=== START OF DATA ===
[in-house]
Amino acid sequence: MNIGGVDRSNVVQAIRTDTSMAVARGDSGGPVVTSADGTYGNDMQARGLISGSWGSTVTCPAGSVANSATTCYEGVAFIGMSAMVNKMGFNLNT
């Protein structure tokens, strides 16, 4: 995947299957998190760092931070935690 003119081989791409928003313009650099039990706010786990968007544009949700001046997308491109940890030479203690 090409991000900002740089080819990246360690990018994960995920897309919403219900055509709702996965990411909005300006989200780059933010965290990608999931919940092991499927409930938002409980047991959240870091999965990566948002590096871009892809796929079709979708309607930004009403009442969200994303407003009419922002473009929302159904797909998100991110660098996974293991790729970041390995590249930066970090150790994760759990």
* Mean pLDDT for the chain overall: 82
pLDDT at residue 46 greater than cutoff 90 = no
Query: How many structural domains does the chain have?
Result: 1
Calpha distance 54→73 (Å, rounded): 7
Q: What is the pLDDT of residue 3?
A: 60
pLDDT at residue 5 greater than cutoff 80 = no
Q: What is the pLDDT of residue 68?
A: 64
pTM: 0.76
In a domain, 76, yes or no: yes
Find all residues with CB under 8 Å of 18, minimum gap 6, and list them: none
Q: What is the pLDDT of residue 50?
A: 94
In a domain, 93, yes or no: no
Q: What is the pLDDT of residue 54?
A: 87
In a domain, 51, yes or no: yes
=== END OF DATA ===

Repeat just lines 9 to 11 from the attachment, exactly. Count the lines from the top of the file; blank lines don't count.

Q: What is the pLDDT of residue 3?
A: 60
pLDDT at residue 5 greater than cutoff 80 = no